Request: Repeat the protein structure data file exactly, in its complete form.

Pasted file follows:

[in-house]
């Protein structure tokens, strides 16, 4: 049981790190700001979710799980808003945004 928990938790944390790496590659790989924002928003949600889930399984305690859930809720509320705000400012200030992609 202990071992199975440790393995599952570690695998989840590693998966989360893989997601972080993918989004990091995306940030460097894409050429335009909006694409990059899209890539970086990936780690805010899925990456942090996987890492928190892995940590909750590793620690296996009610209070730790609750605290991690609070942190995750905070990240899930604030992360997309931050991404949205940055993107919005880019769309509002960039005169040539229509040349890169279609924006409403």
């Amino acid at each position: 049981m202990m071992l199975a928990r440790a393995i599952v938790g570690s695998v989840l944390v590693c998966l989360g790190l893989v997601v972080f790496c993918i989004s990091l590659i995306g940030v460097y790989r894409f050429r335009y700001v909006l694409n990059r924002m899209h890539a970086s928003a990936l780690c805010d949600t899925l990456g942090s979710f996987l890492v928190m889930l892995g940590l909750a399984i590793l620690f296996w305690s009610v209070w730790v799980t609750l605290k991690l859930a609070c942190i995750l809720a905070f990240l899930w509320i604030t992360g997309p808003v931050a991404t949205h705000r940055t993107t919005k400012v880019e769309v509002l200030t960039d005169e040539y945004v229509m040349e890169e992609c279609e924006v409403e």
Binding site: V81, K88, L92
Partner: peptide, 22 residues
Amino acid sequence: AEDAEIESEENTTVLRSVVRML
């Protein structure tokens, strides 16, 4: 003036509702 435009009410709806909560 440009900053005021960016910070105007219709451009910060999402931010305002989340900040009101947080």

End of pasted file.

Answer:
[in-house]
């Protein structure tokens, strides 16, 4: 049981790190700001979710799980808003945004 928990938790944390790496590659790989924002928003949600889930399984305690859930809720509320705000400012200030992609 202990071992199975440790393995599952570690695998989840590693998966989360893989997601972080993918989004990091995306940030460097894409050429335009909006694409990059899209890539970086990936780690805010899925990456942090996987890492928190892995940590909750590793620690296996009610209070730790609750605290991690609070942190995750905070990240899930604030992360997309931050991404949205940055993107919005880019769309509002960039005169040539229509040349890169279609924006409403």
């Amino acid at each position: 049981m202990m071992l199975a928990r440790a393995i599952v938790g570690s695998v989840l944390v590693c998966l989360g790190l893989v997601v972080f790496c993918i989004s990091l590659i995306g940030v460097y790989r894409f050429r335009y700001v909006l694409n990059r924002m899209h890539a970086s928003a990936l780690c805010d949600t899925l990456g942090s979710f996987l890492v928190m889930l892995g940590l909750a399984i590793l620690f296996w305690s009610v209070w730790v799980t609750l605290k991690l859930a609070c942190i995750l809720a905070f990240l899930w509320i604030t992360g997309p808003v931050a991404t949205h705000r940055t993107t919005k400012v880019e769309v509002l200030t960039d005169e040539y945004v229509m040349e890169e992609c279609e924006v409403e």
Binding site: V81, K88, L92
Partner: peptide, 22 residues
Amino acid sequence: AEDAEIESEENTTVLRSVVRML
């Protein structure tokens, strides 16, 4: 003036509702 435009009410709806909560 440009900053005021960016910070105007219709451009910060999402931010305002989340900040009101947080």